The inductive process tries to take little pieces of reality and put them together into new knowledge, whereas deduction begins with a series of simplified assumptions to create a "perfect world."  Experiments are analogous to induction; the scientist is trying to isolate random facts to later reassemble. Theory is analogous to deduction; the theorist creates a scholarly model of the way the world should work.  Bacon and Euclides are emblematic of these two realms and the scientific paper mediates between the two.

How does the scientific paper mediate?  I argue that in reality, the scientific paper combines deduction and induction.  Truthfully, this is what I've been teaching my students for the past few years.  The introduction serves to establish context and explain the underlying assumptions and theories that frame the proposed experiments.  Later, the discussion takes the myriad of results (isolated facts) and pulls them together into a solid argument.  Deduction followed by induction.

According to Gross, the mediating nature of the scientific paper requires that the structure remain constant.  Otherwise, the philosophy of science (we never really know) gets mixed up with the practice of science, and confidence in that practice is shaken.

Come to think of it... that's a pretty scary argument.  Do we have too much confidence in that practice?  Is this why many non-scientists distrust the practice of science - because of its ever-changing nature?  In this light, perhaps we should reconsider Medawar's arguments.

Especially since scientists neither read nor write scientific articles in the order they are structured.

Wednesday, January 18, 2012

Ludicrous Pretense in Scientific Papers: Medawar's Three Laws

Medawar, P. B. 1964. Is the scientific paper fraudulent? Saturday Review, 49:42-43.

1. The Law of Conservation of Information: Generalizations cannot contain more information than the sum of their foundations.
2. The Law of Entropy of Information: Orderly general statements do not somehow emerge from a disorderly array of facts.
3. The Law of Bias in Information: There is no such thing as unprejudiced observation.

While this is a sort of "tongue in cheek" summary of Medawar's paper (and one I think Medawar would appreciate, based on his writing) the concepts merit serious consideration.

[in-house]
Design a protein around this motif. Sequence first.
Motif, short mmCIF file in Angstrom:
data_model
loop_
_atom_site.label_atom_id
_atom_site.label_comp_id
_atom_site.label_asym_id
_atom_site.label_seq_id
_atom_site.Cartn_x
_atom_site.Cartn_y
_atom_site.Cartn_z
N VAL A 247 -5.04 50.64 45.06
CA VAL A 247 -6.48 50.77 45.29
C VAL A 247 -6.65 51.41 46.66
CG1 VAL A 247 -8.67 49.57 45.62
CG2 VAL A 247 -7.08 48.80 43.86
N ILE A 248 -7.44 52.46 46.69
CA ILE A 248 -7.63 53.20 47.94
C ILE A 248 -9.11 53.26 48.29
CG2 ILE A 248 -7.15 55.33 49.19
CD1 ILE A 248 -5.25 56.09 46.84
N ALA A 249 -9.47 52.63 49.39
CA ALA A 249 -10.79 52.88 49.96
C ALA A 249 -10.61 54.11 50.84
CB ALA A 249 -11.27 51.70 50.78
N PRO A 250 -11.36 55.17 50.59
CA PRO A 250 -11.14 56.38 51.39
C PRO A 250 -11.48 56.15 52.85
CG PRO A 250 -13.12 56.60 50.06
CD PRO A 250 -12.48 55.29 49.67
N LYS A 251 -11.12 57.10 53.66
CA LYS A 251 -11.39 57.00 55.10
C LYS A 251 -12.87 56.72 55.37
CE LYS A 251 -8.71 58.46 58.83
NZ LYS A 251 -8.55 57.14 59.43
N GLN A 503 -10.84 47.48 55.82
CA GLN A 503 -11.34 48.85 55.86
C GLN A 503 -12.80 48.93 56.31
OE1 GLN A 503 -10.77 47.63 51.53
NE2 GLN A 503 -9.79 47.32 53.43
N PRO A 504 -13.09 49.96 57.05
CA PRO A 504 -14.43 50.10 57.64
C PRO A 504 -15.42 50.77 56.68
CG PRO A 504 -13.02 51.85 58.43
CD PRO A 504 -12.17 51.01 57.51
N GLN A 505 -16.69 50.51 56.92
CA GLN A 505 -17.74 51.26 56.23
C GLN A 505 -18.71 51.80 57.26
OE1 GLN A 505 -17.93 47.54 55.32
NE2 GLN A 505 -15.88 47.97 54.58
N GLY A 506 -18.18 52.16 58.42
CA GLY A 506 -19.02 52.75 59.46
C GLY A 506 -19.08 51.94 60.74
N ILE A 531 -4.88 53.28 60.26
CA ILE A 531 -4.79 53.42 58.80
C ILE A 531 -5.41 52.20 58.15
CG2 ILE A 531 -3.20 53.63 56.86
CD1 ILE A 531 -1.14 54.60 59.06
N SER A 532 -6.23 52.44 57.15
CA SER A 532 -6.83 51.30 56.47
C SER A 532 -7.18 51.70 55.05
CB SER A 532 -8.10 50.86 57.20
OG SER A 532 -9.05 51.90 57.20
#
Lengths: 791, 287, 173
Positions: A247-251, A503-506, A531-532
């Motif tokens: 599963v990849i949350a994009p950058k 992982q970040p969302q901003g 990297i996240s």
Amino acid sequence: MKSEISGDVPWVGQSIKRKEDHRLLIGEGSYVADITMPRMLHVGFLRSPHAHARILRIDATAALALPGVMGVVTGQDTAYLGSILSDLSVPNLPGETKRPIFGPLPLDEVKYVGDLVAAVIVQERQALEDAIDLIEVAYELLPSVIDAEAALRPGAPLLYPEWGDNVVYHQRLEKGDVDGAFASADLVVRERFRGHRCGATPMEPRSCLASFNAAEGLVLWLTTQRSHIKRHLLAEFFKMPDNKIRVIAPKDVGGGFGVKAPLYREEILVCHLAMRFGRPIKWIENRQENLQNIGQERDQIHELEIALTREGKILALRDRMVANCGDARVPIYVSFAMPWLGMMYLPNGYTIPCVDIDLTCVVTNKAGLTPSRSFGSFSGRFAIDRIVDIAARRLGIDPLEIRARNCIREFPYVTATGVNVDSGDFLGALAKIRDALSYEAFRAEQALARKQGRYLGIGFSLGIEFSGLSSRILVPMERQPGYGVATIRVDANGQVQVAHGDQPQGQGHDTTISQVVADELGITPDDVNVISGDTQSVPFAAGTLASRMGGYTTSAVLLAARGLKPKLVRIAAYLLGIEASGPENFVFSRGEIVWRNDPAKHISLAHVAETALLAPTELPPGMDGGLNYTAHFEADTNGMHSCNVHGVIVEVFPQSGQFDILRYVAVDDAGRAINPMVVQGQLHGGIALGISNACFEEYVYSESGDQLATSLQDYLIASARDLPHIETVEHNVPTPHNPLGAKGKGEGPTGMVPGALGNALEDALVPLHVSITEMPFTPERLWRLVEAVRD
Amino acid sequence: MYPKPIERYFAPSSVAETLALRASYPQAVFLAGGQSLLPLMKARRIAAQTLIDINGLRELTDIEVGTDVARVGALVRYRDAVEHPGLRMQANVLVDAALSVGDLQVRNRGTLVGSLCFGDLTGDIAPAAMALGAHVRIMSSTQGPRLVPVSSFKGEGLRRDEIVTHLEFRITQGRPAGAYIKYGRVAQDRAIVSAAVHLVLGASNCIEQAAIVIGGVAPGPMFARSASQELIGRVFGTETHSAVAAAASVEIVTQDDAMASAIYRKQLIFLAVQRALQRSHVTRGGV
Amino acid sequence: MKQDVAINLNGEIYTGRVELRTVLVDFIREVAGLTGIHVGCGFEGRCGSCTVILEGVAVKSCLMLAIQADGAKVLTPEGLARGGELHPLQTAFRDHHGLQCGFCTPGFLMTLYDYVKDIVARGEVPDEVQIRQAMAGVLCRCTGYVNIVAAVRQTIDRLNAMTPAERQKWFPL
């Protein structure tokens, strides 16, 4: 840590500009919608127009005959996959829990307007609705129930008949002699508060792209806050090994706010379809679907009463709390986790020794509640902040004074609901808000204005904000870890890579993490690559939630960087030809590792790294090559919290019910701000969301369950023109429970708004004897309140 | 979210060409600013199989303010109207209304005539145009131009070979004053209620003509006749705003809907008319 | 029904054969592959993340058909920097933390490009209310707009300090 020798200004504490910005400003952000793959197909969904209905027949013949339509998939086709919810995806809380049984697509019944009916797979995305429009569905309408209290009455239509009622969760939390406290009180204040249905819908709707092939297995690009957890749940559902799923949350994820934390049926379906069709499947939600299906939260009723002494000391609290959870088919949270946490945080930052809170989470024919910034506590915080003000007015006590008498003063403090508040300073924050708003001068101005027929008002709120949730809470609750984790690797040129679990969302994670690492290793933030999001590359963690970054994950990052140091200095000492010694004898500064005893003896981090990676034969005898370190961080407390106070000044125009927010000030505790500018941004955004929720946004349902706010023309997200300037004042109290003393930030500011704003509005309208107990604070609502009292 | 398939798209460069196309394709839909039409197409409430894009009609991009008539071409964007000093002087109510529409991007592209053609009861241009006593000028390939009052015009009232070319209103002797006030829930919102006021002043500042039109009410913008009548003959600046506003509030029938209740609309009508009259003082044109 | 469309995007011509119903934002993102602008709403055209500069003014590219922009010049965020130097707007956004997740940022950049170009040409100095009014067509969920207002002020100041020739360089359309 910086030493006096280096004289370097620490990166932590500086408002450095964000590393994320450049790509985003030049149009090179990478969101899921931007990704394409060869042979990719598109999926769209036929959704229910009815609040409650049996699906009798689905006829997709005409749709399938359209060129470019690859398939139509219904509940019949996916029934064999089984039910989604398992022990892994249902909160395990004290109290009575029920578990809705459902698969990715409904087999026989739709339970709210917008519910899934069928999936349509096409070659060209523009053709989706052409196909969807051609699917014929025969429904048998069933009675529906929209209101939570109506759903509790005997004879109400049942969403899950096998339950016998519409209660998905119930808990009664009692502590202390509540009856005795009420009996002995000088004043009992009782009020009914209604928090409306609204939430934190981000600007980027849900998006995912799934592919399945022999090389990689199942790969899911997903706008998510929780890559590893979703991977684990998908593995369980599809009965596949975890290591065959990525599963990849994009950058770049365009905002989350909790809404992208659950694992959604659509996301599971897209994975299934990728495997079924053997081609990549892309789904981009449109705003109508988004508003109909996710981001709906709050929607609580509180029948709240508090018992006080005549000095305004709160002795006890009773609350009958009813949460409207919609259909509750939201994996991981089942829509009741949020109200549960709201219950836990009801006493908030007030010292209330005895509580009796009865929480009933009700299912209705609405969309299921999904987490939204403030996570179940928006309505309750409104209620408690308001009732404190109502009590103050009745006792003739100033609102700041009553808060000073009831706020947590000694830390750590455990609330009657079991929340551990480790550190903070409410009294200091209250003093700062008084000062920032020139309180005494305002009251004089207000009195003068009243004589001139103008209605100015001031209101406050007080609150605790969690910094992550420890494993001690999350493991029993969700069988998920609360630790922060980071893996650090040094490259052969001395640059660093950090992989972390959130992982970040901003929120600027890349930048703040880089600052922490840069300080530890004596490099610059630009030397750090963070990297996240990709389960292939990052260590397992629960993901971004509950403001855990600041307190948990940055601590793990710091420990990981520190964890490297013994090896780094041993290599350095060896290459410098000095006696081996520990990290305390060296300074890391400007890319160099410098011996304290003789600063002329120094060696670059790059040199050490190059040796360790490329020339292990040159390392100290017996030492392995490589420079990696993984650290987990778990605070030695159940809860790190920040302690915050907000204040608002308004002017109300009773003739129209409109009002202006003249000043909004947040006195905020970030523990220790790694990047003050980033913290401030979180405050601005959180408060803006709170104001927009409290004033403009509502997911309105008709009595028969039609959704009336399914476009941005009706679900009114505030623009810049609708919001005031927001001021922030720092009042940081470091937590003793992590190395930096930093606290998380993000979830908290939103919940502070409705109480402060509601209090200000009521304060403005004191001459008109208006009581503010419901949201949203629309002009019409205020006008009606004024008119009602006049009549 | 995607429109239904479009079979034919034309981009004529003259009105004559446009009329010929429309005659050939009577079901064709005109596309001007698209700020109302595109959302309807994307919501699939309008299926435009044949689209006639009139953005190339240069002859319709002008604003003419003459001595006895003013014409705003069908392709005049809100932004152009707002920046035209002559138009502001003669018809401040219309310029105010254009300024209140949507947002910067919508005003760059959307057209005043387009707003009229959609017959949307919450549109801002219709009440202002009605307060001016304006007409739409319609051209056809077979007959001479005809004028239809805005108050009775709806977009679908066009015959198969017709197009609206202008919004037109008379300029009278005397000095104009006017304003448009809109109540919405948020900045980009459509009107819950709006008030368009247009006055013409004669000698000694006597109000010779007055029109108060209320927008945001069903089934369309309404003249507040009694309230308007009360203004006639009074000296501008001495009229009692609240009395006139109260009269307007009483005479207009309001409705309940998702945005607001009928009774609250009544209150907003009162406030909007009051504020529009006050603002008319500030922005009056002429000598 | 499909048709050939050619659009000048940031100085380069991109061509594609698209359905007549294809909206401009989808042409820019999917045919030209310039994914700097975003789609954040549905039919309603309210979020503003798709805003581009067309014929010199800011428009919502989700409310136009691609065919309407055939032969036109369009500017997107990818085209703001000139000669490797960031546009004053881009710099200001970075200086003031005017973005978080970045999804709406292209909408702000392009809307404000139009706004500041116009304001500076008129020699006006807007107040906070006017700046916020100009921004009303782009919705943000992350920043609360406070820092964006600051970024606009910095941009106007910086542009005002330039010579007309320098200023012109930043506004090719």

Like Hoffmann, Medawar challenges the structure of the scientific paper as a misrepresentation of the nature of scientific thought.  He even goes so far as to label the standard form fraudulent, a totally mistaken conception, and a travesty.  According to Medawar, the "orthodox" IMRAD (Introduction, Methods, Results, And Discussion) format follows an inductive structure.

Figure 1. This is how I illustrate the inductive approach to my students.  After making a multitude of observations in a number of areas, Charles Darwin posited Natural Selection as a mechanism of evolution.

So, what's the problem with the inductive approach?  Well, using induction, one cannot both discover and prove at the same time.  Doing both requires the hypothetico-deductive interpretation.  In other words, scientists generally have the end in mind when they begin an experiment.  Hypotheses allow for focus in experimental design.  Deduction gives us a framework or a lens through which to view data.

Figure 2. This is how I illustrate the deductive approach to my students.  Using theory, in this case Natural Selection, we can create hypotheses and posit an explanation for results.  Here, antibiotic resistance is explained.  Bacteria able to survive exposure to an antibiotic because of a mutation reproduce, whereas bacteria without the mutation die out.

Hoffman touched on this very same idea... that scientists do view studies through lenses; they have particular motivations.  As Hoffman says, "But of course scientists are human, no matter how much they might pretend in their articles that they are not."

This is a HUGE difference between the physical sciences and the social sciences.  From what I've learned so far, social scientists are all about identifying bias.  They know its there, acknowledge it, and move on.  I'm beginning to think we scientists are a repressed lot...

Anyway, Medawar's big take-home message here is this:  Turn the scientific article upside down.  Put your conclusions first and then set about showing support with the data. 

I find this suggestion rather intriguing, especially recalling Chris Mooney's post, "Good communication is good scientific practice."  He discusses the most important facets of communicating science to the public: put the bottom line up front.

In a response to last week's post, I talked about why I thought Hoffman's suggestions for change to the scientific paper were nigh impossible.  Medawar's may be closer to our grasp.  Indeed, some elements are already sporadically present.  While the discussion remains at the end of the paper, it is occasionally combined with the results, and introductions are often direct in the intent of the researcher to apply biological principles to some ecological "problem" or at least identifies the theory through which the study finds its meaning.